This plant is great for getting quick results for those new to planted tanks. It has large green leaves with occasional variations (red/brown/yellows) in the new growth at higher light levels, it is relatively undemanding and once settled will grow well and root strongly through the substrate. In open tanks the plant will grow emergent (above the water line) and flower. It takes well to regular trimming and cuttings will root and grow easily.
Microsorum pteropus (Java fern)
Another undemanding and probably very familiar plant. Dark vivid green and hardy leaves. Grows in most water and low to high light levels, rapidly spreads via extension of the rhizome, plantlets developing on older leaves and spores on the back’s of leaves, a few variants are available. Should not be planted with the rhizome buried otherwise is likely to rot otherwise almost indestructible.
Another that I would group in the good for new aquatic gardeners, not demanding on light nor water parameters. does do better in harder water and will suffer with crypt disease or melting when shocked (often when putting into a new aquarium) takes a while to establish and then will produce a dense root mat and send out runners across the substrate can be uprooted and divided up relatively easily again will shade lower plants though not much of an issue in this plant depending on conditions that this crypt is grown under it will range from green through orange-browns to almost black leaves can get quite tall has long narrow leaves and will once establish grow rapidly.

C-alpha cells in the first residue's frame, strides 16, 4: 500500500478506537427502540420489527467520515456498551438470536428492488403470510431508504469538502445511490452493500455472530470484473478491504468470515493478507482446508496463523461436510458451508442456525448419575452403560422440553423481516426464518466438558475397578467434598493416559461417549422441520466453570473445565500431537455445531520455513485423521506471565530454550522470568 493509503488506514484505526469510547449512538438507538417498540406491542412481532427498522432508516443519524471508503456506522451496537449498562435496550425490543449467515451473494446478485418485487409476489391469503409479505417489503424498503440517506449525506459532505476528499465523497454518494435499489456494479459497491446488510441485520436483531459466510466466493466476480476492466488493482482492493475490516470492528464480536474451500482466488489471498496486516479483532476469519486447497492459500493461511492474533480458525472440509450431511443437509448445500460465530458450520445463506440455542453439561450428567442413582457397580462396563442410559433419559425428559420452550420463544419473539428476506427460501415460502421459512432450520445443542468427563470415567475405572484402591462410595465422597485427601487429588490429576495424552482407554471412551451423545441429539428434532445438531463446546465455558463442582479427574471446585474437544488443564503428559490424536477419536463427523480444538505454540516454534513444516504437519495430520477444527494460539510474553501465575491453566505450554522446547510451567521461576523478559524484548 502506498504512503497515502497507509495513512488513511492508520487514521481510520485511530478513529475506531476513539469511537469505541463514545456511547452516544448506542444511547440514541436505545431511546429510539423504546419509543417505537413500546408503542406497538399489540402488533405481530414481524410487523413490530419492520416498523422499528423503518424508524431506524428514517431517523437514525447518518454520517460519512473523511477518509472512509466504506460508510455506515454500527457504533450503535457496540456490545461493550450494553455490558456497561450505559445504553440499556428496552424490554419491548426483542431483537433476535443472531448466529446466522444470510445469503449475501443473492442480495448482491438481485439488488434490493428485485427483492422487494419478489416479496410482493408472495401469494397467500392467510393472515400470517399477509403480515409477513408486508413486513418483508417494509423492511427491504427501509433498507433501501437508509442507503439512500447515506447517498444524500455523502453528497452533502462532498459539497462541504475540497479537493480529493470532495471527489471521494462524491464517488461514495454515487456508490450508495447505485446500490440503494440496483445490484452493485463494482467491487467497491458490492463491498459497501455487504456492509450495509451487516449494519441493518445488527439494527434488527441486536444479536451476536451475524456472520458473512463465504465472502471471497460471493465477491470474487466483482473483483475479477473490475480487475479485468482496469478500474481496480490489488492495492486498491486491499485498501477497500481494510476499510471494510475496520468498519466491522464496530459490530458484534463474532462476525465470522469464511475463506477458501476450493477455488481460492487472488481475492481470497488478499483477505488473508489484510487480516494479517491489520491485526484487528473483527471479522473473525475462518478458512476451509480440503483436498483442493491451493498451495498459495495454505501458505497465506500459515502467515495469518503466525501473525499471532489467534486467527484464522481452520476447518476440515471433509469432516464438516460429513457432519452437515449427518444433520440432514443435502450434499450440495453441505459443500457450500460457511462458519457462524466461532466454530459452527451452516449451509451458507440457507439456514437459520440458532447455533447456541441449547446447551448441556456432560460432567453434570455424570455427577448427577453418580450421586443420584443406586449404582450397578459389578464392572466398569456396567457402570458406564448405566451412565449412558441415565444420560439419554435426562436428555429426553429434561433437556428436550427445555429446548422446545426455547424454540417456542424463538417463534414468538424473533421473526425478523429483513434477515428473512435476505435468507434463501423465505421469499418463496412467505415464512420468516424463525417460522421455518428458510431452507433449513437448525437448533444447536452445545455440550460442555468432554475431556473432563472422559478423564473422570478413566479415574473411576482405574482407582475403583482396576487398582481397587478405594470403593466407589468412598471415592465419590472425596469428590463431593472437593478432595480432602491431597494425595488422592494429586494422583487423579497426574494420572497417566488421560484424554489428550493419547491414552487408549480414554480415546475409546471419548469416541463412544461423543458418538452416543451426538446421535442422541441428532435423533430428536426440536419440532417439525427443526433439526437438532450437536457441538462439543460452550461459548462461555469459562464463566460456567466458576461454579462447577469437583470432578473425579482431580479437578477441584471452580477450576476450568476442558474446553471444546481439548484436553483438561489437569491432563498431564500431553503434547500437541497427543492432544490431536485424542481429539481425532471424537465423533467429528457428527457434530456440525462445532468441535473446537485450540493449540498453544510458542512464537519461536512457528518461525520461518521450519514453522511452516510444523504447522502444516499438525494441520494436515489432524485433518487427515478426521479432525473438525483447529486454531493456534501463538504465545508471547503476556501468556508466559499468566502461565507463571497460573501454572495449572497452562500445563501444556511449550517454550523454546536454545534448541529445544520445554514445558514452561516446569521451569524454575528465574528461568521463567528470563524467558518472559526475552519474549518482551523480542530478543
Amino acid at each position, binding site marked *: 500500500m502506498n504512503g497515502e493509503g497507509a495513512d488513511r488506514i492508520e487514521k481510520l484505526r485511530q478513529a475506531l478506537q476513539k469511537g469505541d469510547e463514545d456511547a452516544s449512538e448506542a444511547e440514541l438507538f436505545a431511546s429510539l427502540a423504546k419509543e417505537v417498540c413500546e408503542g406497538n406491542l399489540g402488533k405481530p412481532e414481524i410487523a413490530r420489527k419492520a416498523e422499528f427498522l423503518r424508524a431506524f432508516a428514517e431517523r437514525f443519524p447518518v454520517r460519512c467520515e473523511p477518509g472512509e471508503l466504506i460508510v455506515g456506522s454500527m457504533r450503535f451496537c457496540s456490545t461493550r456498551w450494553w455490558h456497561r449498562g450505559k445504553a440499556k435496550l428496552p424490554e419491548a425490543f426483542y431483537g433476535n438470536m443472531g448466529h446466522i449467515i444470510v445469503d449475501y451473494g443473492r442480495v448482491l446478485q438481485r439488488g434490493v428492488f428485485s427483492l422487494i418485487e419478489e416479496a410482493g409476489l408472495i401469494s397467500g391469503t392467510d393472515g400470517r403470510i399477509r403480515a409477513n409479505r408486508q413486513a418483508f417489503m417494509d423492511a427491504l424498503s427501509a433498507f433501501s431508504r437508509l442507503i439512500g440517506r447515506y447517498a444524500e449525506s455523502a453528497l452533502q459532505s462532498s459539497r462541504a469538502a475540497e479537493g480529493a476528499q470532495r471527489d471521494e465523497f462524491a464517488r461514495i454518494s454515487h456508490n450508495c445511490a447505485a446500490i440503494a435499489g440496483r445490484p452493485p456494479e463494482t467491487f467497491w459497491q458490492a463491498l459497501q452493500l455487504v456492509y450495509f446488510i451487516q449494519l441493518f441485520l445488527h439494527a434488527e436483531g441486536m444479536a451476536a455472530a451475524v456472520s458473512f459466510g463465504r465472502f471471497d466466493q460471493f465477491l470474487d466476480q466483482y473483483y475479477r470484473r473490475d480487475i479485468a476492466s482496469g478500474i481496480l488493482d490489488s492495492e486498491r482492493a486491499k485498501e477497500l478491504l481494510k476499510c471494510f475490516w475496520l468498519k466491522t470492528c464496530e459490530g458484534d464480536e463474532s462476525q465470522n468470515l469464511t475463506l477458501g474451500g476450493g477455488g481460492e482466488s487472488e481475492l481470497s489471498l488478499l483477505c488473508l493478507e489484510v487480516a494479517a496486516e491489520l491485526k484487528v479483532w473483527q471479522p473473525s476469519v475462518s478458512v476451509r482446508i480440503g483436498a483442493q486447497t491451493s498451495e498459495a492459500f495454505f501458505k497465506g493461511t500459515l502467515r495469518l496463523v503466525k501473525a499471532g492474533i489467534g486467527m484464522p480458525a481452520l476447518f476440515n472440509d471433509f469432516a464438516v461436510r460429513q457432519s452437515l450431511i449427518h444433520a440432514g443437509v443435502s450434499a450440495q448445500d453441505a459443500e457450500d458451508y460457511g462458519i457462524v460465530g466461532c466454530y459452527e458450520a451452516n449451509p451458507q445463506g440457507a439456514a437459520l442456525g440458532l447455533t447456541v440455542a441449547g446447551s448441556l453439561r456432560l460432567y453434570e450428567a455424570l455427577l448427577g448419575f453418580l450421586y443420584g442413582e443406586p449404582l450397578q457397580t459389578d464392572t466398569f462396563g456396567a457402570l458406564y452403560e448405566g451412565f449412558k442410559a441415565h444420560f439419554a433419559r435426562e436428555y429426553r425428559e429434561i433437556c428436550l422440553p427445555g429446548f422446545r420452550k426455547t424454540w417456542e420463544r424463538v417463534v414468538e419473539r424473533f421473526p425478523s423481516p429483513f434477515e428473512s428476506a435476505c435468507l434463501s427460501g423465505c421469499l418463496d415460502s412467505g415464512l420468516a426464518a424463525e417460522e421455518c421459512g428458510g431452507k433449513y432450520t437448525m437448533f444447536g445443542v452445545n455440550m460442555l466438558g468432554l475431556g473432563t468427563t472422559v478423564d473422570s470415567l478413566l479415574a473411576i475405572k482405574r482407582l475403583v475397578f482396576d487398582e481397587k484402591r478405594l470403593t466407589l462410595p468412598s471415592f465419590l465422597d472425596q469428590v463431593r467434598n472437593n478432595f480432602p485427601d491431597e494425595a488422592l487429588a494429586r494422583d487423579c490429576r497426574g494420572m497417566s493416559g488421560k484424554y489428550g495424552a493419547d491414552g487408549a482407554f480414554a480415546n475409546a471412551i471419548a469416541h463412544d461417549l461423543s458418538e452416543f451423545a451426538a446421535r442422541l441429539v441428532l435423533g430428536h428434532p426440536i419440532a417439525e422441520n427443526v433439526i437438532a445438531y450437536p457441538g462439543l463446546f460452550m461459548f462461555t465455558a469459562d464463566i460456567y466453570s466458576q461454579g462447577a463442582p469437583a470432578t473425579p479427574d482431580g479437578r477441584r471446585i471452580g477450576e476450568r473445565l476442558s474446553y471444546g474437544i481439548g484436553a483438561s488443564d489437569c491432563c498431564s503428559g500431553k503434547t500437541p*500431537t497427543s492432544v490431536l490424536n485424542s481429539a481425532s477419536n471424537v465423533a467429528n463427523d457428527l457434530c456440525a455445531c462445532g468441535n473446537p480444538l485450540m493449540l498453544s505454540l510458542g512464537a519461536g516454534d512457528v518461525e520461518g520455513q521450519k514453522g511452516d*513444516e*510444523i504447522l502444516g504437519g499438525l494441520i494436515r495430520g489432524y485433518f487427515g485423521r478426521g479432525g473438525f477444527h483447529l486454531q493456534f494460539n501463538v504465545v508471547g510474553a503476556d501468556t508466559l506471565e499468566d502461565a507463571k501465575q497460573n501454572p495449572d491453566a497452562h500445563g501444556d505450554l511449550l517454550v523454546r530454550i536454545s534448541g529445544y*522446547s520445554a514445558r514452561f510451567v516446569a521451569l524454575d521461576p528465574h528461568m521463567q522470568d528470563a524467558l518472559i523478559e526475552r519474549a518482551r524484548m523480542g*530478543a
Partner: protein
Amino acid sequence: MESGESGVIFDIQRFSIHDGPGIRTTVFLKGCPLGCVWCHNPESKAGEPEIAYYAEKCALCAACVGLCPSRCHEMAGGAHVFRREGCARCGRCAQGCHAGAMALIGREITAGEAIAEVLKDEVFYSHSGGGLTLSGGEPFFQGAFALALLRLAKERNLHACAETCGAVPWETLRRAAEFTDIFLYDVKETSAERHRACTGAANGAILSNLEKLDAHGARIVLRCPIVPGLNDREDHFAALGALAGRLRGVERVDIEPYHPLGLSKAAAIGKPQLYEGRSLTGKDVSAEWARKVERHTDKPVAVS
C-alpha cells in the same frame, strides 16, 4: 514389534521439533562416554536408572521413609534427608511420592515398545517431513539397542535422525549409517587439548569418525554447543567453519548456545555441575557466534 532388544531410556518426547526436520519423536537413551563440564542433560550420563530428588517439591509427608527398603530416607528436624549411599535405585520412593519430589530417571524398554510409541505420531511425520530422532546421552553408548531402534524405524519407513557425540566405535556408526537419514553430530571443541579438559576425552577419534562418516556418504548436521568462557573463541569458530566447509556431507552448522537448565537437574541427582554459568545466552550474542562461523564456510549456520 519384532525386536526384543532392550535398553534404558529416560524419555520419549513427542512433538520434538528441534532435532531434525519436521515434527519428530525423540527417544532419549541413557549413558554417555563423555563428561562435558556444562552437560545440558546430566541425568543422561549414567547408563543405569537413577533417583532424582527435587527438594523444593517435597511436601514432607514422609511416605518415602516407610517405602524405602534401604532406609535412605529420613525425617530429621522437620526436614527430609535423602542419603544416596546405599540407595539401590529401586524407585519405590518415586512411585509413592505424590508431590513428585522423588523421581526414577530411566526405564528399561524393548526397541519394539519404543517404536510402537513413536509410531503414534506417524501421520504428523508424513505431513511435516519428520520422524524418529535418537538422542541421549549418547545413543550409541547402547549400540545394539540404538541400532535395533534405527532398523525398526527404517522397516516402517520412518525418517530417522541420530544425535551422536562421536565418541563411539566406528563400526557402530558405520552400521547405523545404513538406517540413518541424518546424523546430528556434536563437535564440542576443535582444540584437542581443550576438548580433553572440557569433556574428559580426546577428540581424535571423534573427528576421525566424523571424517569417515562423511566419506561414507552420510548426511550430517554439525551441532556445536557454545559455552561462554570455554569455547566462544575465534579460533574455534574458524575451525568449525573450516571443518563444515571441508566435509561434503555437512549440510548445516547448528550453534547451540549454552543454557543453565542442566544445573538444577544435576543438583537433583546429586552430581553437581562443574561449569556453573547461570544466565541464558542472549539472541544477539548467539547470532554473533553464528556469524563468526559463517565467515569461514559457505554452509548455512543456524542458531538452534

Another easy and fast growing plant that is undemanding on water and light requirements and so is a good plant for beginners it has tough attractive green leaves that can become very long and trail along the surface of the tank and are not normally eaten by fish trimmed easily and will spread by runners rapidly in a fertile substrate, because of fast growth needs to be trimmed back to stop shading of lower growth sends out coiled stemmed flower shoots regularly.
High light at least 2wpg otherwise doesn’t place any special requirement on water parameters being happy in a wide range of pH’s and hardness because of it’s fast growth under higher light it is best to provide some form of fertilisation to this plant, micranthemum is a nice foreground plant that will carpet area’s with it’s small oval shaped light green leave’s.
Medium to high light Said to be happier in softer waters , I have it growing in a pH of 7.5 and a Gh of 15 and I have read others with similar experience generally would be only suitable for higher light and probably CO2 enriched tanks it’s has a beautiful foxtail look t it and in appropriate light an fantastic colour especially in new growth the fine leaves are prone to algal overgrowth will produce fine roots though may need some aid when planted initially to hold it down, once growing will shade out the lower plants growth so best thinned or not planted too densely.
Echinodorus (Amazon sword)
There are many variants of this from the smaller teneluss to the larger 50cm tall species these plants are not particularly demanding on light nor water parameters though do grow more slowly and would benefit from substrate fertiliser to increase chances of runners and new plants being formed because of there potential size they are often a feature or specimen plant in aquaria and do have the potential for shading out other plants